Lab 2D - Queue It Up!

Lab 2D - Queue it up!

Directions: Follow along with the slides and answer the questions in bold font in your journal.

Where we left off

  • In the last lab, we looked at how we can use computer simulations to compute estimates of simple probabilities.

  • Like the probability of drawing a song genre from a playlist.

  • We also saw that performing more simulations:

    – Took longer to finish.

    – Had estimates that varied less.

  • In this lab, we'll extend our simulation methods to cover situations that are more complex.

    – We'll learn how to estimate their probabilities.

    – We also look at the roll of sampling with or without replacement.

Back to songs

  • In R, simulate a playlist of songs containing 30 "rap" songs, 23 "country" songs and 47 "rock" songs.

    Assign the combined playlist the name songs.

  • Simulate choosing a single song 50 times. Then use your simulated draws to estimate the probability of choosing a rap song.

    – The actual (theoretical) probability of choosing a rap song in this case is 0.30.

    Write a sentence comparing your estimated probability to the actual probability.

With or Without?

  • So far, you've selected songs with replacement.

    – We called it that, because each time you made a selection, you started with the same playlist. That is, you chose a song, wrote down its data, and then placed it back on the list.

  • It's also possible to select without replacement by setting the replace option in the sample function to FALSE.

  • Take a sample of size 100 from our playlist of songs without replacement. Assign this sample the name without.

    What do you notice if you run tally(~without)? Does something similar happen if you sample with replacement?

    What happens if size = 101 and replace = FALSE?

Sample with? Or without?

  • Imagine the following two scenarios.

    `1. You have a coin with two sides: Heads and Tails. You're not sure if the coin is fair and so you want to estimate the probability of getting a Head.

    `2. A child reaches into a candy jar with 10 strawberry, 50 chocolate and 25 watermelon candies. The child is able to grab three candies with their hand and you're interested in probability that all three candies will be chocolate.

  • Which of these scenarios would you sample with replacement and which would you sample without replacement? Why?

    Write down the line of code you would run to sample from the candy jar. Assume the simulated jar is named candies.

Simulations at work

  • In reality, songs from a playlist are chosen without replacement.

    – This way, you won't hear the same song several times in a row.

  • Let's write a more realistic simulation and estimate the probability that if we select two songs at random, without replacement, that both are rap songs.

    – Use the do function to perform 10 simulated samples of size 2, with replacement and assign the simulations the name draws.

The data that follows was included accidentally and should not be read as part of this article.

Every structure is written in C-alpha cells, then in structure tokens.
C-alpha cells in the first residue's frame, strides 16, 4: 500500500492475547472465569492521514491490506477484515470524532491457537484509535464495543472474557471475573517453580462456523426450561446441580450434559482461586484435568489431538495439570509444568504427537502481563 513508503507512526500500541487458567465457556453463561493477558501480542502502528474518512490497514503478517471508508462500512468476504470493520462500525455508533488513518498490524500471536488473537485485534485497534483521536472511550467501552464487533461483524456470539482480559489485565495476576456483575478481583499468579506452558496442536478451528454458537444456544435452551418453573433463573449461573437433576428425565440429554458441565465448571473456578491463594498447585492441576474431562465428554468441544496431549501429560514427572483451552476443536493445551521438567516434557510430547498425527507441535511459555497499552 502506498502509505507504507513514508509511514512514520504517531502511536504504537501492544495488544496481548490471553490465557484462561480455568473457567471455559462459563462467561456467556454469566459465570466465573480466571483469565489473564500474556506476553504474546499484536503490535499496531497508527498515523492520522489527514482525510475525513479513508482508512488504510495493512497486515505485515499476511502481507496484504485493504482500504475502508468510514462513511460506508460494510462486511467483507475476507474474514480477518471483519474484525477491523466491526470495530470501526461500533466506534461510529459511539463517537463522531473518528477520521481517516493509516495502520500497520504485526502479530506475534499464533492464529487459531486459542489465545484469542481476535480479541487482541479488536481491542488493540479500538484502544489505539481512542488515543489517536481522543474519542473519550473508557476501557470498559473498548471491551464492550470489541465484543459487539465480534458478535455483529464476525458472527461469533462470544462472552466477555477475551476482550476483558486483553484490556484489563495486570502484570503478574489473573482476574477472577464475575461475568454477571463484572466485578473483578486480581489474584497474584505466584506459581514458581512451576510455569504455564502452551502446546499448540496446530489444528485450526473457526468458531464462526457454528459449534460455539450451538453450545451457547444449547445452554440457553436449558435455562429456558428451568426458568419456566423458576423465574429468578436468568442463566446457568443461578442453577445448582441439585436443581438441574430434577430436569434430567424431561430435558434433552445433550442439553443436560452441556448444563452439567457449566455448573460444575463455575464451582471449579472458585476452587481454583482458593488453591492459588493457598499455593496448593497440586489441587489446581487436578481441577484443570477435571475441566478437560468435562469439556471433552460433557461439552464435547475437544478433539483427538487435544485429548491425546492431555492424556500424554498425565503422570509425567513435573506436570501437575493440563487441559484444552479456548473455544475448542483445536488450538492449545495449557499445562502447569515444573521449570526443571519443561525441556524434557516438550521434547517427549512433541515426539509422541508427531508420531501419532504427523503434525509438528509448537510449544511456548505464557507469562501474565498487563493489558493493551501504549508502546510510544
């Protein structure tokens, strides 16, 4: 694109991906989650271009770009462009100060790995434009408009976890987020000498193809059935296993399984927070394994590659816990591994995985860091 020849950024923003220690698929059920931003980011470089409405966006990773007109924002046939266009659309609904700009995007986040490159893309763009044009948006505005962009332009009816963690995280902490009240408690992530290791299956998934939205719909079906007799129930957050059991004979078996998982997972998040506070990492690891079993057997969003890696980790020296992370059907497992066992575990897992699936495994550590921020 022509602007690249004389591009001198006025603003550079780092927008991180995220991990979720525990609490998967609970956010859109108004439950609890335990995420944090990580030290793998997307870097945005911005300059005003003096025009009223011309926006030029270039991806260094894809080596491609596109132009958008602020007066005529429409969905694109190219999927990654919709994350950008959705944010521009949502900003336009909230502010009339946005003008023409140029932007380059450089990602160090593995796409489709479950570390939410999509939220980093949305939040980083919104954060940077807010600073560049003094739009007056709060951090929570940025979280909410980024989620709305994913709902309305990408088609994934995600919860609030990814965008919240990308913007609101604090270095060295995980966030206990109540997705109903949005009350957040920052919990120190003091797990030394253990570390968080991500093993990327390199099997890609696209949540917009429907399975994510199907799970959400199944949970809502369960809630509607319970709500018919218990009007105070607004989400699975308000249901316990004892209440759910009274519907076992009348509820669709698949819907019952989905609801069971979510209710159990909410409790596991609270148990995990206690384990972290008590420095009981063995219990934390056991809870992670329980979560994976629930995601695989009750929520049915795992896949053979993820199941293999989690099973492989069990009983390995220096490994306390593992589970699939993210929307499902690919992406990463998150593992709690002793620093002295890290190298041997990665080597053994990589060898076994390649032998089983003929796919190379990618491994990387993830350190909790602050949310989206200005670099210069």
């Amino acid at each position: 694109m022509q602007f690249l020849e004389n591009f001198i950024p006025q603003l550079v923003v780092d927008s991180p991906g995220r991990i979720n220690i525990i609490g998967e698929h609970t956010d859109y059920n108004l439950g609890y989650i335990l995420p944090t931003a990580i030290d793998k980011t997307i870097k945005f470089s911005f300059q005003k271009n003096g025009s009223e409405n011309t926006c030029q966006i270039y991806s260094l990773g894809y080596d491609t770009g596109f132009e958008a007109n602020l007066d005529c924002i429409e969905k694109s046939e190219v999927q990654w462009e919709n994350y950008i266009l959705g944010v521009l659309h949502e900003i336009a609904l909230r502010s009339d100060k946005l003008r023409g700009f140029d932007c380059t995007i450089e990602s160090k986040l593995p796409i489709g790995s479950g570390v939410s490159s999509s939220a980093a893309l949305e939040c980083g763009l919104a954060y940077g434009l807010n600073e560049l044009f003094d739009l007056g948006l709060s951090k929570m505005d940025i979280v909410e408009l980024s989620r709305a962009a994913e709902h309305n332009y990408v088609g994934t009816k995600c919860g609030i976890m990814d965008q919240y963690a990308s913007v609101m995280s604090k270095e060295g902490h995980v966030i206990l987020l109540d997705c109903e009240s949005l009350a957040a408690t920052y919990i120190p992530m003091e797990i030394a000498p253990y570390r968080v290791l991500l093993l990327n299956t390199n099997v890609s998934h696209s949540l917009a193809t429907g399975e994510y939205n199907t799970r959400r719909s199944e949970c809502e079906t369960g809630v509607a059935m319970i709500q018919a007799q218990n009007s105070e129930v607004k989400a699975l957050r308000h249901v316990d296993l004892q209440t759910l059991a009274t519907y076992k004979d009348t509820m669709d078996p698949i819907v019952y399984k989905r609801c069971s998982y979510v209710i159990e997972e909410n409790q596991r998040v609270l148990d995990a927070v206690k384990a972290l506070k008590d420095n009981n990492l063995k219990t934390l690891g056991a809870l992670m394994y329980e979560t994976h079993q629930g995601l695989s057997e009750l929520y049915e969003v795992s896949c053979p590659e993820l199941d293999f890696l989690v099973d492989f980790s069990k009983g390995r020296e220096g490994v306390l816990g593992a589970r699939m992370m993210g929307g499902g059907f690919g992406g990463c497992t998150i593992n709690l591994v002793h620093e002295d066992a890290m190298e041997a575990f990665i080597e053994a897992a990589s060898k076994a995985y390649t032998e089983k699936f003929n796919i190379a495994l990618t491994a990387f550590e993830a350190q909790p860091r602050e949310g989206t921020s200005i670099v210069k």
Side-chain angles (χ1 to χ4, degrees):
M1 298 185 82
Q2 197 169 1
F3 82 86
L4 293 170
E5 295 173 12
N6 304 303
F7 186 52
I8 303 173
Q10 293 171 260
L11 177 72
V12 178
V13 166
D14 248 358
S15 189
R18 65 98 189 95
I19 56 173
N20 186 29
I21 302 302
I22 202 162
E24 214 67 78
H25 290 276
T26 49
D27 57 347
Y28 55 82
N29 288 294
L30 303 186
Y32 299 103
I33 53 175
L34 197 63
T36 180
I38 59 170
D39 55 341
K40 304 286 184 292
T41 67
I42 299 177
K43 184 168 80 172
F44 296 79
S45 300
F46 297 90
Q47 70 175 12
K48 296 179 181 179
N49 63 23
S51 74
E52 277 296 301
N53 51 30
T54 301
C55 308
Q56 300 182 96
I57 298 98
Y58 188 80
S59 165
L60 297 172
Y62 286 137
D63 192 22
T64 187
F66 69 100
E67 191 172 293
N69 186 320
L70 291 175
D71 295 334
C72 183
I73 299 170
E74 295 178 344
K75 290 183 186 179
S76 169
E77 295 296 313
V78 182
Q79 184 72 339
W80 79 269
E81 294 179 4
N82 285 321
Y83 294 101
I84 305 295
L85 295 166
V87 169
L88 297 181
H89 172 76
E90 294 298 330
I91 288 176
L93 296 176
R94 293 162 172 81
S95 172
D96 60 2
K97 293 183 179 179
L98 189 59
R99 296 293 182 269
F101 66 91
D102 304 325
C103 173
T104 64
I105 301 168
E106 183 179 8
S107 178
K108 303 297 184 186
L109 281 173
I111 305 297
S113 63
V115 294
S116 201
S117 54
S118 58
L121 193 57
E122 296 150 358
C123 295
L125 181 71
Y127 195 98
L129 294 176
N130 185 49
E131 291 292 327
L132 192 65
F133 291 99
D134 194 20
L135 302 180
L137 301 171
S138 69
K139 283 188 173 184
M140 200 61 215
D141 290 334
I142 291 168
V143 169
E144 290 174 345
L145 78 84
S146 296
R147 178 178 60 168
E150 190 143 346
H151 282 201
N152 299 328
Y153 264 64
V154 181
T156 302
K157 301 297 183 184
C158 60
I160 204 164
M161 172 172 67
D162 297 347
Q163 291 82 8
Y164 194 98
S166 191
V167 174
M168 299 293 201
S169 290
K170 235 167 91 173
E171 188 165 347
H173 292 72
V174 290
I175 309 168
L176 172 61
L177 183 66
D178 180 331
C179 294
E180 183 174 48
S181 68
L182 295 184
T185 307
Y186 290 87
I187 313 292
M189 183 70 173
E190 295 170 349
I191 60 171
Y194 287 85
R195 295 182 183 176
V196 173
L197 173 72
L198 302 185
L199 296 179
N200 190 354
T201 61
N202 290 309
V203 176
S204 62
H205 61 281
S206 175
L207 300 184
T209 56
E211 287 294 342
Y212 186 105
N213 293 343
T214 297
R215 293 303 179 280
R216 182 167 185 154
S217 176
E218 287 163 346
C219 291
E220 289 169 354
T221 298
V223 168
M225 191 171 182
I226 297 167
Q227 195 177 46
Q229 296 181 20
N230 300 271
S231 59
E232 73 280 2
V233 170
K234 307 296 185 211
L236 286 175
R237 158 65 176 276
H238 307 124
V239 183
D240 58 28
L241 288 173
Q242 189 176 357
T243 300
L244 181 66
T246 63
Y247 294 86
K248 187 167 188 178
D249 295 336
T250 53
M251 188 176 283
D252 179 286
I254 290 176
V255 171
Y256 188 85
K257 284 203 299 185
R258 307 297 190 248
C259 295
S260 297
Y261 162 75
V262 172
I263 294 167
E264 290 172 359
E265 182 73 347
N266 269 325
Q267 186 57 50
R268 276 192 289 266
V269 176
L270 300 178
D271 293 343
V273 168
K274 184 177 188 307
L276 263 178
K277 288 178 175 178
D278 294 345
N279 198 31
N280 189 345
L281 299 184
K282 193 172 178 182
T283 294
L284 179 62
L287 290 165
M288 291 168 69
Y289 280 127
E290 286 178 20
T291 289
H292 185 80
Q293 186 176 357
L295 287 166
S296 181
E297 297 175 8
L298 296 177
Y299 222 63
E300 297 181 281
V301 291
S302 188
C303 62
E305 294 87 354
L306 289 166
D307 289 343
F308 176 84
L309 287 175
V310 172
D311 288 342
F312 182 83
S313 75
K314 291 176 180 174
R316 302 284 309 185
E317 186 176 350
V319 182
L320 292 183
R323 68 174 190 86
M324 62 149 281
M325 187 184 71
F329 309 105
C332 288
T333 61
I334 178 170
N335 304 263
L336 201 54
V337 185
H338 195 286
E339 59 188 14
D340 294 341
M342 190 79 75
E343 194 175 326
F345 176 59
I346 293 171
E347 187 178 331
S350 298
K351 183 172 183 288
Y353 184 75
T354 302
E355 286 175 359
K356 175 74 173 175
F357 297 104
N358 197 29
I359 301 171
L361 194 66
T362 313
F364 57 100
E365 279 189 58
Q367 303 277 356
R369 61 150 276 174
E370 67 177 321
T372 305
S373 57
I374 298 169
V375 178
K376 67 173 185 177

Simulations and probability

  • To estimate the probability from our simulations, we need to find the proportion of times that the event we're interested in occurs in the simulations.

  • In other words, we need to count the number of times the desired events occurred, divided by the number of attempts we made (the number of simulations).

  • The next slides will show you two ways to do this.

Counting similar outcomes

  • One way we can estimate the probability of drawing two songs of the same genre is to use the following trick to count the number of rap songs in each of the 10 simulations:

    mutate(draws, nrap = rowSums(draws=="rap"))
    
  • For each of the lines of code below, describe how the output of the code changes as we move from line to line.

    draws == "rap"
    rowSums(draws == "rap")
    mutate(draws, nrap = rowSums(draws=="rap"))
    

Counting other outcomes

  • Another method we can use to estimate the probability of complex events is to use the following 2-step procedure:

    `1. Subset the rows of the simulations that match our desired outcomes.

    `2. Count the number of rows in the subset and divide by the number of simulations.

  • The result that you obtain is an estimate of the probability that a specific combination of events occured.

  • We'll see an example of this method on the next slide.

Section 1.01 Step 1: Creating a subset

  • Fill in the blanks below to:

    `1. Create a subset of our simulations when both draws were "rap" songs.

    `2. Count the number of rows in this subset

    `3. And divide by the total number of repeated simulations.

        draws_sub <- filter(draws, ___ == "rap", ___ == "rap")
        nrow(___) / ___
    

Estimating probabilities

  • Calculate estimated probabilities for the following situations:

    `1. You draw two "rap" songs.

    `2. You draw a "rap" song in the first draw and a "country" song in the 2nd.

  • Create a histogram that displays the number of times a "rap" song occurred in each simulation. That is, how often were zero rap songs drawn? A single rap song? Two rap songs?

On your own

  • Using what you've learned in the previous two labs, answer the following question by performing two computer simulations with 500 repetitions a piece:

If we draw 5 songs from a playlist of 30 rap, 23 country and 47 rock songs, how does the estimated probability of all 5 songs being rap songs change if we draw the songs with or without replacement?

  • For each simulation:

    Create a histogram for the number of rap songs that occurred for each of the 500 repetitions.

  • Describe how the distribution of the number of rap songs changes depending on if we use replacement or not.